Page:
Bethaney Jones Bethaney Jones 820 Points

I love the idea of more "hands on" science lessons. I think students need to be able to experiment actively to really enjoy science.

Muneeza Dhukka Muneeza Dhukka 755 Points

I've seen several teachers use this strategy and I feel like it works so well! Students definitely love hands on activities in which they are able to explore and come to conclusions on their own.

Jody Grandier jody grandier 1600 Points

I have thought about this topic often and i feel engaging children and making them feel excitement towards a subject is a very important priority. I am excited to hear what other people recommend as this is something I have wondered. The only advice is something I heard in my science for elementary class and that is to be as excited for the subject as possible. When you are excited and have a real love for the subject the students will feel this and feed off it. I also agree science needs to be very hands on and not taught like a history class where they just read and are talked to the whole class.

Hi my name is Fiorella Carpio. I am from Midwestern State University. I believe that creating lesson plans that are fun and interesting maintain students engaged when they are learning.

Karen Ventura Karen Ventura 990 Points

Hi, I hope that you were able to make your lesson engaging for the kids. I did a five senses lesson plan with my 1st graders and I feel that science lends itself for hands on activities. You can do centers with the children. It is very hands on type os subject.

George Mehler George Mehler 1575 Points

Hi Chelsea! Making science fun and relatable is something that is very important in keeping students engaged in the classroom. For this reason I have created a YouTube Channel called FunScienceDemonstrations which is home to hundreds of free video demonstrations that cover a variety of topics! They are all common core aligned and can easily be recreated in the classroom. I encourage you to check it out and subscribe as we will be releasing new videos regularly and in the coming year we will be adding supplemental materials such as readings, problems, poems, and more! Hope you find this helpful, Dr. George Mehler Ed.D., Temple University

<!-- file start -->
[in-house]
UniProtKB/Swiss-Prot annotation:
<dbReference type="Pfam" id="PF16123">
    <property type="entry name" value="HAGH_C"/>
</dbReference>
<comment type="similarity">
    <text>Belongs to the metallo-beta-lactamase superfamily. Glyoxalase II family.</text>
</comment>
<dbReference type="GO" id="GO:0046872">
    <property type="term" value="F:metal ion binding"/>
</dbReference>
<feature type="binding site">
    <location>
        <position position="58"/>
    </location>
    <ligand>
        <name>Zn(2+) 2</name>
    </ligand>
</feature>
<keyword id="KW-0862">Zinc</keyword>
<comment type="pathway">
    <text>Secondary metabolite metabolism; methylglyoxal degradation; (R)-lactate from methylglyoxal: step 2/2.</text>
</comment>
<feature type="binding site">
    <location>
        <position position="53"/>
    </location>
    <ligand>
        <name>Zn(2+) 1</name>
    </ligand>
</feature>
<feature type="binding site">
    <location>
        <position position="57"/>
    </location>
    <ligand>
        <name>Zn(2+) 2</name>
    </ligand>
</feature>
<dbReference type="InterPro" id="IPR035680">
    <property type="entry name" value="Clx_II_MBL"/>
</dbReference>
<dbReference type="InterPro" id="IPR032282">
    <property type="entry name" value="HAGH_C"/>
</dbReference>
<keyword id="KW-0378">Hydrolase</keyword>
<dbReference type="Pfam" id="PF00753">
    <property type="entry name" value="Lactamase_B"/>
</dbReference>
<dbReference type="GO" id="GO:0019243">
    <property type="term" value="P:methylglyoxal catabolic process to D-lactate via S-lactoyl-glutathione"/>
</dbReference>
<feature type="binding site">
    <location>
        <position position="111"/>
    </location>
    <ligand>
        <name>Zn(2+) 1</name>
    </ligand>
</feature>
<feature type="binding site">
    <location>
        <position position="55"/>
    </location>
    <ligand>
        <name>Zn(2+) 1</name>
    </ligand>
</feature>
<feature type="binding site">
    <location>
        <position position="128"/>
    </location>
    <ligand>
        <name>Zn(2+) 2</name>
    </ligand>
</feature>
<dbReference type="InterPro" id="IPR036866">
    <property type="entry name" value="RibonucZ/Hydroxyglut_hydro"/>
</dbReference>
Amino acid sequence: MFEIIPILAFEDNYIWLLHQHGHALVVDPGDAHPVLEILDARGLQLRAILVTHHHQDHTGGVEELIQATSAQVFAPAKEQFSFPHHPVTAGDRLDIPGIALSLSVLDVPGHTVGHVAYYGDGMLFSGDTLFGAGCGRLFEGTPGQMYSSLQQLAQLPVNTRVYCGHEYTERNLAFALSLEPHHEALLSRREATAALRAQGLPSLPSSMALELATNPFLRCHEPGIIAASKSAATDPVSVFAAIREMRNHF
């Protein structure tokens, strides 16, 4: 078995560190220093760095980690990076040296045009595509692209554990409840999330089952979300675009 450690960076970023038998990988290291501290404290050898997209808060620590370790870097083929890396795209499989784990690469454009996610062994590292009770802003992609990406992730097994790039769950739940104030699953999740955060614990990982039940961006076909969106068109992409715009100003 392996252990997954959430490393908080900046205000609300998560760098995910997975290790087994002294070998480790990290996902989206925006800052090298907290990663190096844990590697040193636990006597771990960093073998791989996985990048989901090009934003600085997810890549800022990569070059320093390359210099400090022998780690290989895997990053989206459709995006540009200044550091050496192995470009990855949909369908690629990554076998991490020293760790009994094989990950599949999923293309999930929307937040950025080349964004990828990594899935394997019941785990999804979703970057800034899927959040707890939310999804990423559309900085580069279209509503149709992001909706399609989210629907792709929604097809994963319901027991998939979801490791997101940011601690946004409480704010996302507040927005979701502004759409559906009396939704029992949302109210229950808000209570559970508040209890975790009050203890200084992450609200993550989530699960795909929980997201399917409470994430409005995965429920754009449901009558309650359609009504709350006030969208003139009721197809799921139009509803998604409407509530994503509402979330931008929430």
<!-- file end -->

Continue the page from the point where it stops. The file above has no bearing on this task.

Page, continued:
Rebecca Jardon Rebecca Jardon 1215 Points

Hi Chelsea, I know the feeling! I am also a student teacher and will be teaching a science lesson this Friday. I was a little nervous but I found with my students that the more hands on and interactive I make the lesson, the more they will be interested and participating in my lesson. I suggest that you search for fun, hands on activities because those are always fun and will keep the students engaged. Goodluck!

Kimberly Chhouen Kimberly Chhouen 465 Points

Hi there! I'm currently student teaching in a kindergarten classroom and just did a science lesson on the 5 senses and popcorn. Essentially the kids will be using each individual sense to describe the popcorn. For example, "when you look at the popcorn, what do you see? It is white, yellow, bumpy etc." The kids absolutely loved this lesson because it was very engaging, hands-on, and of course involved food! Here is a link with more details: Best of luck.

Gethsemani Rodriguez Gethsemani Rodriguez 1435 Points

Thanks for sharing that link it was very helpful!

Stephanie Simon Stephanie Simon 995 Points

Begin your lesson with something relavent to their lives!

Chelsea Duncan Chelsea Duncan 1570 Points

I agree that beginning a lesson with something that relates to the students real world experiences in beneficial to their learning! 

Jessica Kim Jessica Kim 370 Points

Hi Chelsea, I would say the key to engage students and make them excited to learn science would be to have an exciting anticipatory set. The anticipatory set will set the mood for the lesson. As I'm sure you have learned, the anticipatory set is essentially the hook to get the students excited so be sure to plan this out well. A lot of times for younger students, getting them to do hands on activities or even to watch some type of video will get them engaged and exited to learn. Another key factor to never forget also is your attitude when teaching. Make sure you are just as excited to teach the lesson because the students will feed off your energy as well. Good luck! 

Anny Keys Anny Keys 1135 Points

I use various tools and activities to engage my kindergarten students.My students love for me to read stories and use videos. I use these tools that are connected to their real live experiences. 

Lauren Galindo Lauren Galindo 375 Points

Have you found that videos work best in the beginning of a lesson to engage students or during the lesson to regain their focus and excitement?

Sharouq Zabarah Sharouq Zabarah 660 Points

Things that students are interested in!

Selena Garcia Selena 650 Points